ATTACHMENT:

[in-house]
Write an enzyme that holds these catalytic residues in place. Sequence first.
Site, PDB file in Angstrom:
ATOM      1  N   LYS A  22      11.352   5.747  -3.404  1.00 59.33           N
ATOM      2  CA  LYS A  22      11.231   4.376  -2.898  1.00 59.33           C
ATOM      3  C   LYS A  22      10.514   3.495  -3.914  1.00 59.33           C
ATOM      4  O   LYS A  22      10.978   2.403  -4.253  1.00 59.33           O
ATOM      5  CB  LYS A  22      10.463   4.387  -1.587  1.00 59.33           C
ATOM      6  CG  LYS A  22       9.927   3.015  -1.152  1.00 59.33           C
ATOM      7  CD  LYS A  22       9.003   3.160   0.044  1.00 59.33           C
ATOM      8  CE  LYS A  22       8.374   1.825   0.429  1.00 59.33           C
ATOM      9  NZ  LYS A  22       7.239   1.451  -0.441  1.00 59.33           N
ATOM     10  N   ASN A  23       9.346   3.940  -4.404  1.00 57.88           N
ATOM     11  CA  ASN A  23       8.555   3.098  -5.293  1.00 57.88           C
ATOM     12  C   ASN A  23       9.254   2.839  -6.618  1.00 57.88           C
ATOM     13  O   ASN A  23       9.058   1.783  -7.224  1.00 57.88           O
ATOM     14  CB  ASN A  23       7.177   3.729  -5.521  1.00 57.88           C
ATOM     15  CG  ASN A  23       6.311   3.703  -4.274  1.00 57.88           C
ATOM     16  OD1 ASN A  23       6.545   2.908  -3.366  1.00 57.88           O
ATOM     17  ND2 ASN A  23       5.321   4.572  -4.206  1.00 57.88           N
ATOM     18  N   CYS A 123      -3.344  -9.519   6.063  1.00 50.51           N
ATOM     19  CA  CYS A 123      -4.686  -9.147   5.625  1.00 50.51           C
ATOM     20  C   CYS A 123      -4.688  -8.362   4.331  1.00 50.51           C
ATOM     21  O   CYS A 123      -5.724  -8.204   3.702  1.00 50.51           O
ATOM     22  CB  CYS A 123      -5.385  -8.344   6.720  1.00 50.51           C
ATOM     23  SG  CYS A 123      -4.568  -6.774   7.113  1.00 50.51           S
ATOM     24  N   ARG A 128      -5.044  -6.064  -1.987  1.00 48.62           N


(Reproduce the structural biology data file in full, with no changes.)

[in-house]
Write an enzyme that holds these catalytic residues in place. Sequence first.
Site, PDB file in Angstrom:
ATOM      1  N   LYS A  22      11.352   5.747  -3.404  1.00 59.33           N
ATOM      2  CA  LYS A  22      11.231   4.376  -2.898  1.00 59.33           C
ATOM      3  C   LYS A  22      10.514   3.495  -3.914  1.00 59.33           C
ATOM      4  O   LYS A  22      10.978   2.403  -4.253  1.00 59.33           O
ATOM      5  CB  LYS A  22      10.463   4.387  -1.587  1.00 59.33           C
ATOM      6  CG  LYS A  22       9.927   3.015  -1.152  1.00 59.33           C
ATOM      7  CD  LYS A  22       9.003   3.160   0.044  1.00 59.33           C
ATOM      8  CE  LYS A  22       8.374   1.825   0.429  1.00 59.33           C
ATOM      9  NZ  LYS A  22       7.239   1.451  -0.441  1.00 59.33           N
ATOM     10  N   ASN A  23       9.346   3.940  -4.404  1.00 57.88           N
ATOM     11  CA  ASN A  23       8.555   3.098  -5.293  1.00 57.88           C
ATOM     12  C   ASN A  23       9.254   2.839  -6.618  1.00 57.88           C
ATOM     13  O   ASN A  23       9.058   1.783  -7.224  1.00 57.88           O
ATOM     14  CB  ASN A  23       7.177   3.729  -5.521  1.00 57.88           C
ATOM     15  CG  ASN A  23       6.311   3.703  -4.274  1.00 57.88           C
ATOM     16  OD1 ASN A  23       6.545   2.908  -3.366  1.00 57.88           O
ATOM     17  ND2 ASN A  23       5.321   4.572  -4.206  1.00 57.88           N
ATOM     18  N   CYS A 123      -3.344  -9.519   6.063  1.00 50.51           N
ATOM     19  CA  CYS A 123      -4.686  -9.147   5.625  1.00 50.51           C
ATOM     20  C   CYS A 123      -4.688  -8.362   4.331  1.00 50.51           C
ATOM     21  O   CYS A 123      -5.724  -8.204   3.702  1.00 50.51           O
ATOM     22  CB  CYS A 123      -5.385  -8.344   6.720  1.00 50.51           C
ATOM     23  SG  CYS A 123      -4.568  -6.774   7.113  1.00 50.51           S
ATOM     24  N   ARG A 128      -5.044  -6.064  -1.987  1.00 48.62           N